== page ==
How to Cut a Continuous-grain Drawer Front
Your plans for the Chinese Checker Board in the October 2008 issue (no. 186) say to bandsaw the drawer opening out of the front, but you obviously didn’t do it that way because the grain pattern of the drawer matches. Tell us what you really did.
—George Long, San Francisco
George, your critique is actually a compliment to our builders’ ability to choose grain in projects. In this case, we cut the drawer front from the end of the board directly adjacent to the game board face, as shown above.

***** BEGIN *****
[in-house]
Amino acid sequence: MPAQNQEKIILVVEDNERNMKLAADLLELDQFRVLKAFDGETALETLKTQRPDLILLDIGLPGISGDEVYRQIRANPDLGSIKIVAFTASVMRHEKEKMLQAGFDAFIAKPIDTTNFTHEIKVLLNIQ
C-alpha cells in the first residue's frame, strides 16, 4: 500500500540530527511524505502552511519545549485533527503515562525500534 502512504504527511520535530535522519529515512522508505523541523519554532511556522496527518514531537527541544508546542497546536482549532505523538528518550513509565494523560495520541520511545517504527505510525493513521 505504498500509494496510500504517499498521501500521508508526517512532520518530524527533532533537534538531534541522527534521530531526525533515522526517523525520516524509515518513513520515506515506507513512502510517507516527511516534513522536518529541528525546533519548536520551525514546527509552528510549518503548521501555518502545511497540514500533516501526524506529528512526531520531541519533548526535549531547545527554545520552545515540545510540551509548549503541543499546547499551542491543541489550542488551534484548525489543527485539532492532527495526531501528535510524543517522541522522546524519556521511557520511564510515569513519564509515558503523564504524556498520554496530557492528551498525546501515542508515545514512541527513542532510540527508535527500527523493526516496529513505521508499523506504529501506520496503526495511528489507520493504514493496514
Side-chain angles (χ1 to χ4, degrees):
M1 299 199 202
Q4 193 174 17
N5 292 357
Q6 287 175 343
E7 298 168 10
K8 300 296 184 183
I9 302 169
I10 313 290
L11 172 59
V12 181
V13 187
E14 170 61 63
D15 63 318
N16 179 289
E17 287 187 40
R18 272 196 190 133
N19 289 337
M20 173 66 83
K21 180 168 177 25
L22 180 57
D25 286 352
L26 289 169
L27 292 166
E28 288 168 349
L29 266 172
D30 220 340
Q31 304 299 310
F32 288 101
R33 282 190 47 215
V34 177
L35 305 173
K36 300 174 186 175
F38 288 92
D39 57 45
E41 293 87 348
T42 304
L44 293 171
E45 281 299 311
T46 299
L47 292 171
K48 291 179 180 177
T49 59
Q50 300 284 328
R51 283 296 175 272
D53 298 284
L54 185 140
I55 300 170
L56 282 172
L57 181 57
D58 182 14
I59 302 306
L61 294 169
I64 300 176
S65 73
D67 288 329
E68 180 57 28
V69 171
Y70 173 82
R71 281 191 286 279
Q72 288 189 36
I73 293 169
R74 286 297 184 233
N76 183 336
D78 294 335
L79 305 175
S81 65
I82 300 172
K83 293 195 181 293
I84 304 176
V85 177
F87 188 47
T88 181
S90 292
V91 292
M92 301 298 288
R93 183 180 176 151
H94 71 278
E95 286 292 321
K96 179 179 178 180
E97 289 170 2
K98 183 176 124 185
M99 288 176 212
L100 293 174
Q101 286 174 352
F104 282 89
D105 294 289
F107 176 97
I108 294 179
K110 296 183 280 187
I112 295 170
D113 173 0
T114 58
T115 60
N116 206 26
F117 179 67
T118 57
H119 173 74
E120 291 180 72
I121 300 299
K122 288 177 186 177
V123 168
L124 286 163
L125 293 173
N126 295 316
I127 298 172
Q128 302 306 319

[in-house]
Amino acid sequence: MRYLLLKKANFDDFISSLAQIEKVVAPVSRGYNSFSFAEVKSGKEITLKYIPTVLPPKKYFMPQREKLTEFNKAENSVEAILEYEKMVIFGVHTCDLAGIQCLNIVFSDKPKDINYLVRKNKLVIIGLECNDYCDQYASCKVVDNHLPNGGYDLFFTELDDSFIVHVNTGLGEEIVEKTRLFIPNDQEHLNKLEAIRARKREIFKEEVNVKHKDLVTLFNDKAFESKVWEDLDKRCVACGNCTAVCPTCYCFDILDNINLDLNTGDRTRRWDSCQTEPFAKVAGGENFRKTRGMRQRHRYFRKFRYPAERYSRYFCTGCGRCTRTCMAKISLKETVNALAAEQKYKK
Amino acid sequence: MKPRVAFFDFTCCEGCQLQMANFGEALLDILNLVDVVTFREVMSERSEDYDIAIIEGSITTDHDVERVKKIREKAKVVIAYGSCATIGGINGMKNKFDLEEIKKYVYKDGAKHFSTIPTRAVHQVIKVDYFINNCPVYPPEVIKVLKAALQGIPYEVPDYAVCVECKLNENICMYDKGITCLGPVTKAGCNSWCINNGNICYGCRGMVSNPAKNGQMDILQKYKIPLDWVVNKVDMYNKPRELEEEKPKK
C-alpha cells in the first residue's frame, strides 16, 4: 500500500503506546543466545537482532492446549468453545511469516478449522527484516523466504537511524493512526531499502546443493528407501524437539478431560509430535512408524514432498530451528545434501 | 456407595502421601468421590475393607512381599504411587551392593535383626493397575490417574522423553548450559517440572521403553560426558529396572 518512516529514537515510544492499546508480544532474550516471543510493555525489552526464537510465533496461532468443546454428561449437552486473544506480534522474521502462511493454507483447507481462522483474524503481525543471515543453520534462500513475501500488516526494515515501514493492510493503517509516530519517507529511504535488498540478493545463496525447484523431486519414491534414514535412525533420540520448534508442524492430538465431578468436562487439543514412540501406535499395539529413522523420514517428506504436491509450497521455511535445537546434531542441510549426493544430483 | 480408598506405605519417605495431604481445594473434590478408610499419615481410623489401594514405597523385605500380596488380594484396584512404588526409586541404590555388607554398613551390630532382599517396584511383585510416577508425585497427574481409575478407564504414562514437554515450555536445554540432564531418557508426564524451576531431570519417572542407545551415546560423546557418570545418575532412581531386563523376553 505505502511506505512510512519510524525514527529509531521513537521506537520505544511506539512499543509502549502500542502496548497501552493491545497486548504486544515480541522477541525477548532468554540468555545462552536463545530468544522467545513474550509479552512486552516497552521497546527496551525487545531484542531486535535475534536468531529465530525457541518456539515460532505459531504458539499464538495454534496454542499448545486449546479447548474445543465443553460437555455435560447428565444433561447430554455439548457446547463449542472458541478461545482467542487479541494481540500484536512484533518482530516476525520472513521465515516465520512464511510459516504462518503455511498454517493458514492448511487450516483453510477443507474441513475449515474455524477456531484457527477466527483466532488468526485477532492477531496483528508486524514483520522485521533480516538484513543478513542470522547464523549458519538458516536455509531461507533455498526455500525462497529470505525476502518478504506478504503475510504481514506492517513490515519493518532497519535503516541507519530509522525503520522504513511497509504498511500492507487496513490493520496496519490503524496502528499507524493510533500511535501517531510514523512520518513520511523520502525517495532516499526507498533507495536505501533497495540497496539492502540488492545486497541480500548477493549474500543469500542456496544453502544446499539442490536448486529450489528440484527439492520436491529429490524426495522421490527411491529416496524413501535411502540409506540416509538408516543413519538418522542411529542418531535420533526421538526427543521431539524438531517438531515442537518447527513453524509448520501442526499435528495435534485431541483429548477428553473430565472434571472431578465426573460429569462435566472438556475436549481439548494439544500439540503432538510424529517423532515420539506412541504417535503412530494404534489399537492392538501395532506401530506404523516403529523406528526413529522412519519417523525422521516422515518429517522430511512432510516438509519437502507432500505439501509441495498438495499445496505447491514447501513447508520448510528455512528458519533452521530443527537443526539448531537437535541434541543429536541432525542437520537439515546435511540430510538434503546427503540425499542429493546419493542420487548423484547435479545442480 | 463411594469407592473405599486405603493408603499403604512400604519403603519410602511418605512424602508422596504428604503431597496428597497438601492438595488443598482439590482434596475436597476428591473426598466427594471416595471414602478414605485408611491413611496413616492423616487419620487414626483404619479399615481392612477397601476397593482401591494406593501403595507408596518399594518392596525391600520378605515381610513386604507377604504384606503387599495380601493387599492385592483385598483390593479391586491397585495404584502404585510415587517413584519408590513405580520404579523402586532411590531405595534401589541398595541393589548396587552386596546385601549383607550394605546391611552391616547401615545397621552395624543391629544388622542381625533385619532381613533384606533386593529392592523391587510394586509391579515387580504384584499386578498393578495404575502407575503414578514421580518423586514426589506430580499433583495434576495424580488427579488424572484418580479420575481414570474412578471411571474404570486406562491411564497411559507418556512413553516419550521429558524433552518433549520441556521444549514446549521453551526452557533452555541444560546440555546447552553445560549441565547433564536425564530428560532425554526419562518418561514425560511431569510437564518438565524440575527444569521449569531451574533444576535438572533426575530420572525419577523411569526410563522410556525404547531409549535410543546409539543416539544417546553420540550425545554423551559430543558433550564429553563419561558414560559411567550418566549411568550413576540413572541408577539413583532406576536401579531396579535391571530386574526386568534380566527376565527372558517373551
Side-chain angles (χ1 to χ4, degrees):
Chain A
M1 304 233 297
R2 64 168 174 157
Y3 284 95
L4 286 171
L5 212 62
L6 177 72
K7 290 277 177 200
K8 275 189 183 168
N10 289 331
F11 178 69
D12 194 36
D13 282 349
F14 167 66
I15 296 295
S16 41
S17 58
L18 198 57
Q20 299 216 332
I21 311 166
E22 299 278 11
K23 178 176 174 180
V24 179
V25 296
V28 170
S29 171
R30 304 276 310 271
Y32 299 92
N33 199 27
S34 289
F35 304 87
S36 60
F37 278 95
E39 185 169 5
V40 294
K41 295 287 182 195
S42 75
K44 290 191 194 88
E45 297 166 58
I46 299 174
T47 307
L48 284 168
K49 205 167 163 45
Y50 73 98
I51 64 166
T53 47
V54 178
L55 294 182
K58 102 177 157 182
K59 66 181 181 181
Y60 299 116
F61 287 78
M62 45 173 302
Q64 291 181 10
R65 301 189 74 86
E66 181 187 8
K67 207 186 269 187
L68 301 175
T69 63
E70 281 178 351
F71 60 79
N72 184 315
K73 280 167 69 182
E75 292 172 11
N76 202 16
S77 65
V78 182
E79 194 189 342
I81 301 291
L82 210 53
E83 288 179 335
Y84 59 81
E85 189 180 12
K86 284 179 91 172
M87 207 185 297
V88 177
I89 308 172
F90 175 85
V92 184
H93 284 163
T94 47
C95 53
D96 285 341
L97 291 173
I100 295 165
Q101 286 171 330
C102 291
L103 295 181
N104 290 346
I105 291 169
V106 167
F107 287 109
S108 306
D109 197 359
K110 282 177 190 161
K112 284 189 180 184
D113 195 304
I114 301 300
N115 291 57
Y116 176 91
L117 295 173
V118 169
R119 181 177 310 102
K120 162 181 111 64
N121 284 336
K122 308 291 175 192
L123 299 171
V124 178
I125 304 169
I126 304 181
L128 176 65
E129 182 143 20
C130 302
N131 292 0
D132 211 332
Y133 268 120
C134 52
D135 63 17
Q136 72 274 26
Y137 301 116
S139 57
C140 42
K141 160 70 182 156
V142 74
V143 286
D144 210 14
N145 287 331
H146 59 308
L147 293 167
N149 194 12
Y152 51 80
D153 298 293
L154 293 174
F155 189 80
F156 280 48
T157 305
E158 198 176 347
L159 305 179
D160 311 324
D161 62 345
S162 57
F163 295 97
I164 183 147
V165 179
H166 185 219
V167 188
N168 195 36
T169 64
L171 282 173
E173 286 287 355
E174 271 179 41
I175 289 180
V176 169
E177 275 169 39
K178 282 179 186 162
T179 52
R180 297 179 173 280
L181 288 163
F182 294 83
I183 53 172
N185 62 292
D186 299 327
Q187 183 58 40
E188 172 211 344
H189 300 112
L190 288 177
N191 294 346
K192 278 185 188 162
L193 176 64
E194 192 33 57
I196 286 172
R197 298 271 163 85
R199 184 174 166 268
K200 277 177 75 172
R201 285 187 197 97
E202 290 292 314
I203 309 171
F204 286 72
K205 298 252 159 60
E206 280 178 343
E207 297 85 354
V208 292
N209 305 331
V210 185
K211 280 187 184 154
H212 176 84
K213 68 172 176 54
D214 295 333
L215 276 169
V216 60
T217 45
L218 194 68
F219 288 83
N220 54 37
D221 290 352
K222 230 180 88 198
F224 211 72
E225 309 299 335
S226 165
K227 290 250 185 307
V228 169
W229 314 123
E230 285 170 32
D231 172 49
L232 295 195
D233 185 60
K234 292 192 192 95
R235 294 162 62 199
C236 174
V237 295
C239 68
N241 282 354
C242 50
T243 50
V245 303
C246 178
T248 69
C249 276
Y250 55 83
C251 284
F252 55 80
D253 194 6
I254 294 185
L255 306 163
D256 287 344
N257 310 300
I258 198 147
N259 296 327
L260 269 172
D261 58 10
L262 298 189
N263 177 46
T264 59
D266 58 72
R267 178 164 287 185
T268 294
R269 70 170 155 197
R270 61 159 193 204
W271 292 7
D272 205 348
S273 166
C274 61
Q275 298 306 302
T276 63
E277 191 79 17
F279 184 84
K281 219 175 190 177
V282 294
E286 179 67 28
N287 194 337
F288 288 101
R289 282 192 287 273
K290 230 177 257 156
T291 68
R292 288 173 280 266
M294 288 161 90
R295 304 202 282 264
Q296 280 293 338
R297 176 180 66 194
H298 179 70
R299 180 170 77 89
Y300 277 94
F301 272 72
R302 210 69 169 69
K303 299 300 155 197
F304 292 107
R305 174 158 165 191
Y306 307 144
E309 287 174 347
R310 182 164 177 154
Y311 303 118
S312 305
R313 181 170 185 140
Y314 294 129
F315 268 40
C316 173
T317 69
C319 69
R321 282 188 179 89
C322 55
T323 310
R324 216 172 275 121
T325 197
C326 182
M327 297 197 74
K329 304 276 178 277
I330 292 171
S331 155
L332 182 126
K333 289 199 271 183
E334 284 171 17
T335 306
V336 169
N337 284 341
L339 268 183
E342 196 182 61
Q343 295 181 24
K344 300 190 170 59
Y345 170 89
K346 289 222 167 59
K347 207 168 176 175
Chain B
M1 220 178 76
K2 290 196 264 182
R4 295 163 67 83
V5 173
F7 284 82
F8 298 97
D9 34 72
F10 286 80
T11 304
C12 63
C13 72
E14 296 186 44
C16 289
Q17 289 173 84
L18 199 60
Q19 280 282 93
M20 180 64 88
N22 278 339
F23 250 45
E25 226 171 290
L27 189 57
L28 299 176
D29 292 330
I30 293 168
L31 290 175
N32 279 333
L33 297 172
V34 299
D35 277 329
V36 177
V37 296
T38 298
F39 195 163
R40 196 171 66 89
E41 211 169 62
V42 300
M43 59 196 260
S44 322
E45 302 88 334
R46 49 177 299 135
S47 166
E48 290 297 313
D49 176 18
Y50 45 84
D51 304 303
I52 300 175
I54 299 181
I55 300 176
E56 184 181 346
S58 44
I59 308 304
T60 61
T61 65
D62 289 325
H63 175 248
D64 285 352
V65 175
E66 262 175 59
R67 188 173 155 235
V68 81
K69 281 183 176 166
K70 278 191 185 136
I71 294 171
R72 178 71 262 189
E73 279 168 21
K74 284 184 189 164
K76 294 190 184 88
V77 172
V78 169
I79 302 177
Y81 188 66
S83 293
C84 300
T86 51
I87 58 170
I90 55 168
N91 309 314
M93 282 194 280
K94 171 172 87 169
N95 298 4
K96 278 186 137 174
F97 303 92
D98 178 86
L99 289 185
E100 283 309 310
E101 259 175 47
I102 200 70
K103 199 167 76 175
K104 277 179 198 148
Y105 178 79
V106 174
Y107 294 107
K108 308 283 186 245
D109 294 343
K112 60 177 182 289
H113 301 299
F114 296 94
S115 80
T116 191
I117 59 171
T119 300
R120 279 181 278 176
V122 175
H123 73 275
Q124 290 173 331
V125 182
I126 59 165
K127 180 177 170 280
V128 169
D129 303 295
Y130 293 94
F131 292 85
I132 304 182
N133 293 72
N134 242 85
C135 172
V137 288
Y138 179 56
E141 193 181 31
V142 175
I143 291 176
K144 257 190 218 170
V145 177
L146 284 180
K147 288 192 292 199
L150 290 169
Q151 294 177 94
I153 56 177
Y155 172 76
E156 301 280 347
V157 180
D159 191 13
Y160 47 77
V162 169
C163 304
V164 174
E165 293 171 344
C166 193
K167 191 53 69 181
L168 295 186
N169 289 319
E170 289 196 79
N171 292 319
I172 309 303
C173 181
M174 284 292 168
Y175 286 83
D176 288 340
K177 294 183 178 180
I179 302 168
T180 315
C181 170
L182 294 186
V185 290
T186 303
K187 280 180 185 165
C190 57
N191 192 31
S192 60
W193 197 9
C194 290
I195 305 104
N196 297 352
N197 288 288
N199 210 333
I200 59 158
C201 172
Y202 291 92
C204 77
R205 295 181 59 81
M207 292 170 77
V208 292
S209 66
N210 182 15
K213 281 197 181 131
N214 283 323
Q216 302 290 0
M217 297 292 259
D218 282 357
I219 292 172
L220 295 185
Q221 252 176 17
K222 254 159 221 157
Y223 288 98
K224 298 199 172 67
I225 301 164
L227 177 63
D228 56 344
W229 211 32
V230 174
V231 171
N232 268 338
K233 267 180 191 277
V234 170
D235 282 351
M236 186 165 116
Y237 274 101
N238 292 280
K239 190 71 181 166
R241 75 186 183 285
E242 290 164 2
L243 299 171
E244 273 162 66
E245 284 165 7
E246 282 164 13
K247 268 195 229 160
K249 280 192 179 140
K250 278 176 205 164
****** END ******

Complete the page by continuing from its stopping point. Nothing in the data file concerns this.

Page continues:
Good grain selection begins at your hardwood dealer. Take your cutlist along when you choose your stock, but rather than simply choosing boards to use as little stock as possible, select boards with an eye toward compatible grain patterns and matching wood tones. In the case of the Chinese Checker board drawer front, straight-grained oak made the task of aligning the grain easier.
If you prefer cathedral grain and still want it to match, cut the drawer front from the game board face, as shown above, at your tablesaw and glue the three front parts back together. Be sure to account for the blade kerf when sizing the game board face blank.